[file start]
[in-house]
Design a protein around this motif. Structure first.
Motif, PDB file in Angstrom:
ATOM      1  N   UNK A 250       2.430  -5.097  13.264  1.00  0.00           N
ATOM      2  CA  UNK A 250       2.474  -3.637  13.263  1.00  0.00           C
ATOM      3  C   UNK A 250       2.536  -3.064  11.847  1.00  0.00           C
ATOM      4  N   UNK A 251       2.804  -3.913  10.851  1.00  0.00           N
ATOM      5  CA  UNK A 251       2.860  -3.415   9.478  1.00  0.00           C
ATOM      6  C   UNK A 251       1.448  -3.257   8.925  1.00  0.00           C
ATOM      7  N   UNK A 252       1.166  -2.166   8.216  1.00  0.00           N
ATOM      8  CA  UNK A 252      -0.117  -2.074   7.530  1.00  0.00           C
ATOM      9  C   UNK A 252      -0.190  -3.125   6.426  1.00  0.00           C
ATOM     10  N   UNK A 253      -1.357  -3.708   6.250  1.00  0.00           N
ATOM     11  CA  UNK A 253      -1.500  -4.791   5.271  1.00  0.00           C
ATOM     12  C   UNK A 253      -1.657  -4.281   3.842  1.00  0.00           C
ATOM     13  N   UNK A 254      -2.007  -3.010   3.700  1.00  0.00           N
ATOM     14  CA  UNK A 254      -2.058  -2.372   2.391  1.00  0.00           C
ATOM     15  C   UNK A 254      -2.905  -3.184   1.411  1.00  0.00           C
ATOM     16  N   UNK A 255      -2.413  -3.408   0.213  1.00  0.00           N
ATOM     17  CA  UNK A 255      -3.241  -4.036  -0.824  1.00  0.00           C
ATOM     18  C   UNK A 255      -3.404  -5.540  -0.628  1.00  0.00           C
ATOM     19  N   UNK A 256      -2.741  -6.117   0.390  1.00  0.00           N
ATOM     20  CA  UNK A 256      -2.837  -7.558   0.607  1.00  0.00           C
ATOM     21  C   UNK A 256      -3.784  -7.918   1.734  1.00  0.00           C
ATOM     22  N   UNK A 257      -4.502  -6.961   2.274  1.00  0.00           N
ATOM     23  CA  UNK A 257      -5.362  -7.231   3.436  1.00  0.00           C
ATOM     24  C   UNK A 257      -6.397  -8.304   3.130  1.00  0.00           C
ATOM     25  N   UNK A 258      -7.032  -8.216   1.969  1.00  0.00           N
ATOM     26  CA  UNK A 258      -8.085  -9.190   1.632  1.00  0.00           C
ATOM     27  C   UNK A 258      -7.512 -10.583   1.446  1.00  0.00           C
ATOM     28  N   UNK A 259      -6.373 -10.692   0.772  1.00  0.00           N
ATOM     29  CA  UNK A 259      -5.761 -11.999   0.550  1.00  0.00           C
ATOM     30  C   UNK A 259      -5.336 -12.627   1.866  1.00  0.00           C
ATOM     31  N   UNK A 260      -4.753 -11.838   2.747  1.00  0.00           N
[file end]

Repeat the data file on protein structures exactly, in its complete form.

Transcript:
[in-house]
Design a protein around this motif. Structure first.
Motif, PDB file in Angstrom:
ATOM      1  N   UNK A 250       2.430  -5.097  13.264  1.00  0.00           N
ATOM      2  CA  UNK A 250       2.474  -3.637  13.263  1.00  0.00           C
ATOM      3  C   UNK A 250       2.536  -3.064  11.847  1.00  0.00           C
ATOM      4  N   UNK A 251       2.804  -3.913  10.851  1.00  0.00           N
ATOM      5  CA  UNK A 251       2.860  -3.415   9.478  1.00  0.00           C
ATOM      6  C   UNK A 251       1.448  -3.257   8.925  1.00  0.00           C
ATOM      7  N   UNK A 252       1.166  -2.166   8.216  1.00  0.00           N
ATOM      8  CA  UNK A 252      -0.117  -2.074   7.530  1.00  0.00           C
ATOM      9  C   UNK A 252      -0.190  -3.125   6.426  1.00  0.00           C
ATOM     10  N   UNK A 253      -1.357  -3.708   6.250  1.00  0.00           N
ATOM     11  CA  UNK A 253      -1.500  -4.791   5.271  1.00  0.00           C
ATOM     12  C   UNK A 253      -1.657  -4.281   3.842  1.00  0.00           C
ATOM     13  N   UNK A 254      -2.007  -3.010   3.700  1.00  0.00           N
ATOM     14  CA  UNK A 254      -2.058  -2.372   2.391  1.00  0.00           C
ATOM     15  C   UNK A 254      -2.905  -3.184   1.411  1.00  0.00           C
ATOM     16  N   UNK A 255      -2.413  -3.408   0.213  1.00  0.00           N
ATOM     17  CA  UNK A 255      -3.241  -4.036  -0.824  1.00  0.00           C
ATOM     18  C   UNK A 255      -3.404  -5.540  -0.628  1.00  0.00           C
ATOM     19  N   UNK A 256      -2.741  -6.117   0.390  1.00  0.00           N
ATOM     20  CA  UNK A 256      -2.837  -7.558   0.607  1.00  0.00           C
ATOM     21  C   UNK A 256      -3.784  -7.918   1.734  1.00  0.00           C
ATOM     22  N   UNK A 257      -4.502  -6.961   2.274  1.00  0.00           N
ATOM     23  CA  UNK A 257      -5.362  -7.231   3.436  1.00  0.00           C
ATOM     24  C   UNK A 257      -6.397  -8.304   3.130  1.00  0.00           C
ATOM     25  N   UNK A 258      -7.032  -8.216   1.969  1.00  0.00           N
ATOM     26  CA  UNK A 258      -8.085  -9.190   1.632  1.00  0.00           C
ATOM     27  C   UNK A 258      -7.512 -10.583   1.446  1.00  0.00           C
ATOM     28  N   UNK A 259      -6.373 -10.692   0.772  1.00  0.00           N
ATOM     29  CA  UNK A 259      -5.761 -11.999   0.550  1.00  0.00           C
ATOM     30  C   UNK A 259      -5.336 -12.627   1.866  1.00  0.00           C
ATOM     31  N   UNK A 260      -4.753 -11.838   2.747  1.00  0.00           N